On February 26 and 27, the Financial Crisis Inquiry Commission (FCIC) met together with financial experts tasked to research the financial crisis in a forum hosted by American University Washington College of Law. The purpose of the FCIC is to examine the causes, domestic and global, of the current financial and economic crisis in the United States, per the requirements of the Fraud Enforcement and Recovery Act of 2009.
The following panelists presented their working papers to the Commissioners on Friday:
Session 1: Interconnectedness of Financial Institutions; "Too Big to Fail"
Randall Kroszner, Norman R. Bobins Professor of Economics, University of Chicago
Session 2: Macroeconomic Factors and U.S. Monetary Policy
Pierre-Olivier Gourichas, Associate Professor of Economics, University of California, Berkeley
Session 3: Risk Taking and Leverage
John Geanakoplos, James Tobin Professor of Economics, Yale University
Session 4: Household Finances and Financial Literacy
Annamaria Lusardi, Joel Z. and Susan Hyatt Professor of Economics, Dartmouth University; Research Associate, National Bureau of Economic Research
The following panelists presented their working papers to the Commissioners on Saturday:
Session 5: Mortgage Lending Practices and Securitization
Chris Mayer, Paul Milstein Professor of Real Estate, Columbia University; Visiting Scholar, Federal Reserve Bank of New York; Research Associate, National Bureau of Economic Research
Session 6: Government-Sponsored Enterprises and Housing Policy
Dwight Jaffee, Willis Booth Professor of Banking, Finance, and Real Estate, Co-Chair, Fisher Center for Real Estate and Urban Economics, University of California, Berkeley
Session 7: Derivatives and Other Complex Financial Instruments
Markus Brunnermeier, Edwards S. Sanford Professor of Economics, Princeton University
Session 8: Firm Structure and Risk Management
Anil Kashyap, Edward Eagle Brown Professor of Economics and Finance and N. Rosett Faculty Fellow, University of Chicago
Session 9: Shadow Banking
Gary Gorton, Professor of Finance, School of Management, Yale University
The economists presented working papers to the Commissioners and engaged in discussions on the key issues and events leading up to the crisis and its underlying causes, including issues related to "too big to fail" and "too interconnected to fail." Dr. Gorinchas in particular looked beyond the proximate causes of the financial crisis and questioned the role of two macroeconomic factors he believed to play a major role in the financial crisis: (1) the conduct of U.S. monetary policies and (2) the U.S.'s increasing dependency on foreign capital. Dr. Mayer, who spoke generally about the securitization market and the housing crisis, noted that one of the factors that led to a downturn in the securitization markets was the result of third-party servicers' operating on a fee-for-service model, rather than as principals managing mortgages as if they were their own. In his studies, Dr. Mayer also noted that he found that servicers and originators that operated together were less likely to be downgraded and that the breakup of ownership and control of loans was and is a problem that made things worse. Dr. Mayer also stated that broker-originated loans did far worse than loans originated inside of an institution's lending function. While Dr. Mayer commented that securitizations have made it easier to originate risky assets and made the financial crisis worse, he emphasized that not all securitizations failed. As an example he pointed to the auto loans and credit card securitization market industry that did not disappear as a result of the crisis nor were such issuers the beneficiaries of a substantial amount of TALF and TARP funds.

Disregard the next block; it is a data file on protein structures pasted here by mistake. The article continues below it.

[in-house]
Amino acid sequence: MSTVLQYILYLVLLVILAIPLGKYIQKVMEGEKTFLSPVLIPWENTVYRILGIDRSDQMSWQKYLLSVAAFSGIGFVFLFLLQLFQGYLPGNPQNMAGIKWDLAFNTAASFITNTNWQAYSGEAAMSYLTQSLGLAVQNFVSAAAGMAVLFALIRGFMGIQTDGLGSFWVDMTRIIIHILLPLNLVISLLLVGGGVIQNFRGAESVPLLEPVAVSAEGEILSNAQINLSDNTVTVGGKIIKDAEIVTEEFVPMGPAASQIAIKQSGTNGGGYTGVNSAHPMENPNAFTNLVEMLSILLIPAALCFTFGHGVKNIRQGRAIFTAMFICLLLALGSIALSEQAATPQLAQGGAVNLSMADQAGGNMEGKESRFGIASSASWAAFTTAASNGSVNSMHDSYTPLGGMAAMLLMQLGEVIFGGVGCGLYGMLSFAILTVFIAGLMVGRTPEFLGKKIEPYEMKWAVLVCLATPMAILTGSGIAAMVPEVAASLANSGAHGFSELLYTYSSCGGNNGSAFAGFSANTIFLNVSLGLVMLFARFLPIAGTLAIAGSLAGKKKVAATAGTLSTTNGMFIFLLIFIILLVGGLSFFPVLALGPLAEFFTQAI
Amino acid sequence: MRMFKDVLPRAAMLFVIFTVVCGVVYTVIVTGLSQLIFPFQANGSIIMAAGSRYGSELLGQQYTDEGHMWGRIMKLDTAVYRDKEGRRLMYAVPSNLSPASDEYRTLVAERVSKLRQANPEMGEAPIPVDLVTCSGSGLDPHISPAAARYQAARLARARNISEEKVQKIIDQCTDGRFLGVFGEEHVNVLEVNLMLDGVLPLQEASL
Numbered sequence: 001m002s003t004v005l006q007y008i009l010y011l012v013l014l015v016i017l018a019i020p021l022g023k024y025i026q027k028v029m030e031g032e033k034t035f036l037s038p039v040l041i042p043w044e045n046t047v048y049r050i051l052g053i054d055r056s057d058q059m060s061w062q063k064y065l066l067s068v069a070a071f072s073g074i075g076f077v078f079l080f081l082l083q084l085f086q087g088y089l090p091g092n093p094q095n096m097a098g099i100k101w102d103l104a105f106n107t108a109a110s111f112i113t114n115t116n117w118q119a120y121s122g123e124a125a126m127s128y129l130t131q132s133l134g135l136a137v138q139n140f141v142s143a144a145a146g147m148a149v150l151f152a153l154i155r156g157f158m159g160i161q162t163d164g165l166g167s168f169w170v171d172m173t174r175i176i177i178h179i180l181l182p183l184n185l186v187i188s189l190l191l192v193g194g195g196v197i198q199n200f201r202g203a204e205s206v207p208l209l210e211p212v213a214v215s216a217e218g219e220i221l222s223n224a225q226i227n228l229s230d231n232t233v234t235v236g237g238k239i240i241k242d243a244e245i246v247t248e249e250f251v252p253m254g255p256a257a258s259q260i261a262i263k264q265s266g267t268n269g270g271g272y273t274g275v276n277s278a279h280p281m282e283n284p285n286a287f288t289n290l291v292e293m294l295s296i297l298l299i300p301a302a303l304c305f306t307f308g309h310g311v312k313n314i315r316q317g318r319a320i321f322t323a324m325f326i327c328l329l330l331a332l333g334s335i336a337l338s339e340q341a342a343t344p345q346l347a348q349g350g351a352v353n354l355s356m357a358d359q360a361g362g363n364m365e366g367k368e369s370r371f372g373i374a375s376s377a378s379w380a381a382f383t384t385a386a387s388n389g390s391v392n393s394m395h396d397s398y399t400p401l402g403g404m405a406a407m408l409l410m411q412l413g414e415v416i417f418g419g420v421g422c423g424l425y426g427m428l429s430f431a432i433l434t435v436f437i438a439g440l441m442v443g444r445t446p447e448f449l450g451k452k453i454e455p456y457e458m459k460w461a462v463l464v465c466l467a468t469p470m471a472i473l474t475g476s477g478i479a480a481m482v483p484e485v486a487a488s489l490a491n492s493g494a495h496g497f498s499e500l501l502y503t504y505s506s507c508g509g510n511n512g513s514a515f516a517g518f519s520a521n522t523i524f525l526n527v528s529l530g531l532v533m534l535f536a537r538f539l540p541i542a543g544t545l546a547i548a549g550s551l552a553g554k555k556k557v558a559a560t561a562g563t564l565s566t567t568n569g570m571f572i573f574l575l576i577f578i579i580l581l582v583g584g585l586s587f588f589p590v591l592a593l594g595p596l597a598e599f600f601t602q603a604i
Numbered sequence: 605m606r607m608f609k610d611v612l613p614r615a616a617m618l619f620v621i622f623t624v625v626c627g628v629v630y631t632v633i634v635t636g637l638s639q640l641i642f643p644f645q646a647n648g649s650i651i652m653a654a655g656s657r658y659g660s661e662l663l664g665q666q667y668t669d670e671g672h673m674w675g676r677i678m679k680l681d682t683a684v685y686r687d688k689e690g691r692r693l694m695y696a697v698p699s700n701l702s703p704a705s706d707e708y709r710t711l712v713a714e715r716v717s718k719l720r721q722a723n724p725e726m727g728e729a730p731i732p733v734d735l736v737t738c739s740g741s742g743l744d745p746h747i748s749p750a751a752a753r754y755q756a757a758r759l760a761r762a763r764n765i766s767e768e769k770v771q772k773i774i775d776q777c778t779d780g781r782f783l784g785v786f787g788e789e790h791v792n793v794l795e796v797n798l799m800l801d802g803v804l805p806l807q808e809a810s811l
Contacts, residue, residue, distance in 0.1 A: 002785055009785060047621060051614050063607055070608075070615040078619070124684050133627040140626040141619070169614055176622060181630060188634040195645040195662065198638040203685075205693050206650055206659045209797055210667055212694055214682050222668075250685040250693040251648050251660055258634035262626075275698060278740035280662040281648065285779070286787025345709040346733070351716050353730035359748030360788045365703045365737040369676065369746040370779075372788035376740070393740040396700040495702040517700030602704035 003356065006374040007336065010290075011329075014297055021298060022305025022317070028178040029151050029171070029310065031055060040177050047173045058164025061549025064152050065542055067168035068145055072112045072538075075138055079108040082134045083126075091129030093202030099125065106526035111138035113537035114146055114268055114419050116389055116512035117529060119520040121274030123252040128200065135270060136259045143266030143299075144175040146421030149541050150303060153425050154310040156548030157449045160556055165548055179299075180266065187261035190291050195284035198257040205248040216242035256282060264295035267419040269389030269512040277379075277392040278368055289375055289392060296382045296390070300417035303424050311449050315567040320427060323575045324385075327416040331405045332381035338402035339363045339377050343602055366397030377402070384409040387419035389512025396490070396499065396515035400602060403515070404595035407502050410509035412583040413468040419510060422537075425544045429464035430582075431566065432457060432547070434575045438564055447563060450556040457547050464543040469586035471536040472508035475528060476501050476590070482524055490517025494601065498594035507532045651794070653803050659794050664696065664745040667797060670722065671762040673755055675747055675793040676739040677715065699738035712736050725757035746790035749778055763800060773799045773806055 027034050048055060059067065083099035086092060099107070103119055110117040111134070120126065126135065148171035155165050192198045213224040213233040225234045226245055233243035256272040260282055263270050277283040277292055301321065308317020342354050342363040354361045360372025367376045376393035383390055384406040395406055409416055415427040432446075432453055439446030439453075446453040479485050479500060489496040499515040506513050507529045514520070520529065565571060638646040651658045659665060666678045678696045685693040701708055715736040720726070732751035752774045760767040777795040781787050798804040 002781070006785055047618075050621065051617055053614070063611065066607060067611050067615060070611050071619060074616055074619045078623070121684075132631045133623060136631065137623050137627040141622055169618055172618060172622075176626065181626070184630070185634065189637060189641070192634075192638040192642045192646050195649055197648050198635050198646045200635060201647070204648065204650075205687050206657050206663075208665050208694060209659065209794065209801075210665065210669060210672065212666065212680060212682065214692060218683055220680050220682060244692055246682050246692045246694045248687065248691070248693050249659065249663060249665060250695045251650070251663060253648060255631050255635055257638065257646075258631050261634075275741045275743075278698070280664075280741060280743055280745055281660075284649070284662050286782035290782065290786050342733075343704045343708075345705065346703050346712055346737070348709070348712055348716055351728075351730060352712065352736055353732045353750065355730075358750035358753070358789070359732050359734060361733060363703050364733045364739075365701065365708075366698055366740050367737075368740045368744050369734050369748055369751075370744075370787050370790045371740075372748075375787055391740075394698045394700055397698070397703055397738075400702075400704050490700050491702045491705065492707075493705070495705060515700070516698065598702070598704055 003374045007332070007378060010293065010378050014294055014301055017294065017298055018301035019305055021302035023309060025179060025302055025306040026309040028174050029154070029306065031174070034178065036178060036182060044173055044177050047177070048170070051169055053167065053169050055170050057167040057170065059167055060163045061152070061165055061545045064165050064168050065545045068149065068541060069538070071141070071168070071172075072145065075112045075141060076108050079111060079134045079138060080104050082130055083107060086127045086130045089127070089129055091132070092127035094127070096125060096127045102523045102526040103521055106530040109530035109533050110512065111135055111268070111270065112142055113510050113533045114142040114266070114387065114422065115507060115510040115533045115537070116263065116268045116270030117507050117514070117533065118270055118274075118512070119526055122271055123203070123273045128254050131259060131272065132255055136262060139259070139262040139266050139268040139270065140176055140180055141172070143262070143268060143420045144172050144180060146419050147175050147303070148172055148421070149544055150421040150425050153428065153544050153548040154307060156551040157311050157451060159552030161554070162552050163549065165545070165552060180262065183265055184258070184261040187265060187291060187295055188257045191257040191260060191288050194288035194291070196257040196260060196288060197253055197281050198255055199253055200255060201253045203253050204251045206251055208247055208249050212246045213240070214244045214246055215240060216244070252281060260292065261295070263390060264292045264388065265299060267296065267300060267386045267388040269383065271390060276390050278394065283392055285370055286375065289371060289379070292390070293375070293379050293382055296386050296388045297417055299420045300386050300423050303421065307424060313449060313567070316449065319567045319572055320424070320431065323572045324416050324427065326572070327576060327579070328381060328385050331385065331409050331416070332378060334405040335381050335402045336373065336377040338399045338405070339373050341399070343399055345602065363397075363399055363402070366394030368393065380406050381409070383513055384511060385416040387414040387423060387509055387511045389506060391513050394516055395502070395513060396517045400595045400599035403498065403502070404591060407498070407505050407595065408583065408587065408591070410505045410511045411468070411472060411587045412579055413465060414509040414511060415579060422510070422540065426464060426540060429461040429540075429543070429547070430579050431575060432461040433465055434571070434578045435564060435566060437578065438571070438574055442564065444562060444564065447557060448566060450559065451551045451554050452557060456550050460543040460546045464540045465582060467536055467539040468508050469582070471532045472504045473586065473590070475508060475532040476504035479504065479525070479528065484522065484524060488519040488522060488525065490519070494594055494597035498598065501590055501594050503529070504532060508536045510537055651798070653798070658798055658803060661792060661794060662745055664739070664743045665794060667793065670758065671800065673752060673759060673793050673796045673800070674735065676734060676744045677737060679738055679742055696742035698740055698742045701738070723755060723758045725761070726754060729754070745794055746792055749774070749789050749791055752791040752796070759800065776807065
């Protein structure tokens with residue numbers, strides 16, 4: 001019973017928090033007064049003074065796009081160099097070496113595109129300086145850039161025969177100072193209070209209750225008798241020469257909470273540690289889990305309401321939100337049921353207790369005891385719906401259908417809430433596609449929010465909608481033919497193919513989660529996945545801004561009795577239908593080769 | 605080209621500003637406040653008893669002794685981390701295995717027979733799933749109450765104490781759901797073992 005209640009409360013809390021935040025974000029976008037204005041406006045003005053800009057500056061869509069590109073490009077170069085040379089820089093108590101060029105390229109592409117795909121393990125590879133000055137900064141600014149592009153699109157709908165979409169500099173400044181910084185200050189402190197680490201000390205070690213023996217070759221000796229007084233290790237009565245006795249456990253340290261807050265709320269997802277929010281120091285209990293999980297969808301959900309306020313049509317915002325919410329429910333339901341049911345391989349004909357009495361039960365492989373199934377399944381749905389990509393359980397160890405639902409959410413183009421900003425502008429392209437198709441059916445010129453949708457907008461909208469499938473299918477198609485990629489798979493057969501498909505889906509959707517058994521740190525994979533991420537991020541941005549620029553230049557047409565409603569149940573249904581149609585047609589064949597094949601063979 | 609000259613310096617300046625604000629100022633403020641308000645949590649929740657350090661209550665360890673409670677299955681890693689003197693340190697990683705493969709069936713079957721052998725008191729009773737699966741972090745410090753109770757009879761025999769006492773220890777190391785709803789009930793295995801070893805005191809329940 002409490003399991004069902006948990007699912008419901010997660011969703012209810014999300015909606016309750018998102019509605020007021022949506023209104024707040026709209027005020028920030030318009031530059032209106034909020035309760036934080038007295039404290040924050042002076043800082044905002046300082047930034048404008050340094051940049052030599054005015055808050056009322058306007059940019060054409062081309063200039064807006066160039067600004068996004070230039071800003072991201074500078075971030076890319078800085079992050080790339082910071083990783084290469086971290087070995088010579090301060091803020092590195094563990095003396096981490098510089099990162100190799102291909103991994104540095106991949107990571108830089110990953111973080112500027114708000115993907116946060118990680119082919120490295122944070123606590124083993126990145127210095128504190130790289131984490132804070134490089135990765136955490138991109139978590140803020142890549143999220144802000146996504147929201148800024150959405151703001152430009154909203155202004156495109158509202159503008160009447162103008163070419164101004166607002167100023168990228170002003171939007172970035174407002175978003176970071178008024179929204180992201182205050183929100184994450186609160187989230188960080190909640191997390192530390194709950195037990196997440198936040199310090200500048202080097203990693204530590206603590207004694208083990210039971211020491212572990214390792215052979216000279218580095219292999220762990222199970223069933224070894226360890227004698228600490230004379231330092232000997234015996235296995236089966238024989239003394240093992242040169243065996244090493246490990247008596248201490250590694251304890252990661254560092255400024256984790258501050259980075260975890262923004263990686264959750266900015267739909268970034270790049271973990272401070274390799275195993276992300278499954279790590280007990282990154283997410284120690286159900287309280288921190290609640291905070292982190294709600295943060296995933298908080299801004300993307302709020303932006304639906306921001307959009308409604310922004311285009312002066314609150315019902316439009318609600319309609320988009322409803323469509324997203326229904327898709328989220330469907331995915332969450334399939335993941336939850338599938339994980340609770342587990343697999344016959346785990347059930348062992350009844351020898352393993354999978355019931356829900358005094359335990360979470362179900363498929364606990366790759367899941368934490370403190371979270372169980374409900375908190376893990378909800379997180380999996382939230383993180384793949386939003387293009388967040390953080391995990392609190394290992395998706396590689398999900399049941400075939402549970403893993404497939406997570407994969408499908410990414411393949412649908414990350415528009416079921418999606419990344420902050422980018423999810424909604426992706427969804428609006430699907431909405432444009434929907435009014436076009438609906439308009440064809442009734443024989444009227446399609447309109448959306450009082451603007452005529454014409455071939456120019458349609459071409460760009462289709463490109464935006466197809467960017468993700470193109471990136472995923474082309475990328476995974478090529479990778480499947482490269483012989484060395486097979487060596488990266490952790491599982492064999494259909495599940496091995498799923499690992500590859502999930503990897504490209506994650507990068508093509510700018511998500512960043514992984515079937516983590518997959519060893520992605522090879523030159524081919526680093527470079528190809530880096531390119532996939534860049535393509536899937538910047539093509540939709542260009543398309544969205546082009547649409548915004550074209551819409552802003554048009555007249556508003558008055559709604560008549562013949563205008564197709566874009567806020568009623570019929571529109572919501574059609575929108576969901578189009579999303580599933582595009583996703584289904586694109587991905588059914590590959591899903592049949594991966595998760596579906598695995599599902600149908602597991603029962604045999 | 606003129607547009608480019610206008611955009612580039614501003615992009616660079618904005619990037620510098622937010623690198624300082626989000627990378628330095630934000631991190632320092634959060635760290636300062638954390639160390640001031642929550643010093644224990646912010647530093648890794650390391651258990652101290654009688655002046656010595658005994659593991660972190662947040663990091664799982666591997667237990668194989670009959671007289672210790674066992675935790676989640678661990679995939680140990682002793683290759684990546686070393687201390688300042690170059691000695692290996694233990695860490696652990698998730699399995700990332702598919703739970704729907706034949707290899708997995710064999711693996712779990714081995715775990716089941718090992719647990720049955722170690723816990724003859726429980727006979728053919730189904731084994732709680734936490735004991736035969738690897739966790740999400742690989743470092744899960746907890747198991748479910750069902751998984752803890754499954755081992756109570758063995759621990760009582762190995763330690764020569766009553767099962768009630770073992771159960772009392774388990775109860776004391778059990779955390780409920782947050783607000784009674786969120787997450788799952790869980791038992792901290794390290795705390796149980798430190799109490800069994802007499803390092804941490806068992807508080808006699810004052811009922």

Dr. Geanakopolos diagnosed the cause of the financial crisis as a failure of U.S. regulators to adjust collateral rates. In his discussion he pointed out that the Federal Reserve focused too heavily on leveraging interest rates. Dr. Kashyap stated that essentially every account of the crisis points to a failure in risk management. As a solution he suggested that regulators impose more layers of transparency upon financial institutions, including requiring banks to provide a detailed description of compensation and organizational charts outlining its risk management processes.
The forum is part of the FCIC’s ongoing efforts to hear from academic experts and economists on issues related to the crisis. Last month, the FCIC held its first set of two-day public hearings on investigating the causes of the financial crisis.